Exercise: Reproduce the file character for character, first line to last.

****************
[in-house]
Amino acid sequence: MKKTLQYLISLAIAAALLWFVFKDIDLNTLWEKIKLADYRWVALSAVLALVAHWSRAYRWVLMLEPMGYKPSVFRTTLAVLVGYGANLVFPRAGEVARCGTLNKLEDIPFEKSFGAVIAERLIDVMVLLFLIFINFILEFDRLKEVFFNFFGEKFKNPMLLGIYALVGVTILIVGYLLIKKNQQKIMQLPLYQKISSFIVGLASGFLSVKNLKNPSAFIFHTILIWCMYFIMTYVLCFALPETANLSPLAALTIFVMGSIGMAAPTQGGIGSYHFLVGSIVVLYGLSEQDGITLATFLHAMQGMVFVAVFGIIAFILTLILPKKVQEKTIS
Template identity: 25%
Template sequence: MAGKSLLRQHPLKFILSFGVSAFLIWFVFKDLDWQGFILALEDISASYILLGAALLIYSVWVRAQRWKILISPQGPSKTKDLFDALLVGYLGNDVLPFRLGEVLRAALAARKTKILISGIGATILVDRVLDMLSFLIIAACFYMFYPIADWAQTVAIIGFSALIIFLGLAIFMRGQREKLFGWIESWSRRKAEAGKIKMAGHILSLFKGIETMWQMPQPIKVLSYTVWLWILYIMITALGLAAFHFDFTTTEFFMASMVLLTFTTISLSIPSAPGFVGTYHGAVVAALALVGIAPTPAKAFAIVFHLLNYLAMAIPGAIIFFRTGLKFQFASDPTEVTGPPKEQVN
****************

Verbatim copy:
[in-house]
Amino acid sequence: MKKTLQYLISLAIAAALLWFVFKDIDLNTLWEKIKLADYRWVALSAVLALVAHWSRAYRWVLMLEPMGYKPSVFRTTLAVLVGYGANLVFPRAGEVARCGTLNKLEDIPFEKSFGAVIAERLIDVMVLLFLIFINFILEFDRLKEVFFNFFGEKFKNPMLLGIYALVGVTILIVGYLLIKKNQQKIMQLPLYQKISSFIVGLASGFLSVKNLKNPSAFIFHTILIWCMYFIMTYVLCFALPETANLSPLAALTIFVMGSIGMAAPTQGGIGSYHFLVGSIVVLYGLSEQDGITLATFLHAMQGMVFVAVFGIIAFILTLILPKKVQEKTIS
Template identity: 25%
Template sequence: MAGKSLLRQHPLKFILSFGVSAFLIWFVFKDLDWQGFILALEDISASYILLGAALLIYSVWVRAQRWKILISPQGPSKTKDLFDALLVGYLGNDVLPFRLGEVLRAALAARKTKILISGIGATILVDRVLDMLSFLIIAACFYMFYPIADWAQTVAIIGFSALIIFLGLAIFMRGQREKLFGWIESWSRRKAEAGKIKMAGHILSLFKGIETMWQMPQPIKVLSYTVWLWILYIMITALGLAAFHFDFTTTEFFMASMVLLTFTTISLSIPSAPGFVGTYHGAVVAALALVGIAPTPAKAFAIVFHLLNYLAMAIPGAIIFFRTGLKFQFASDPTEVTGPPKEQVN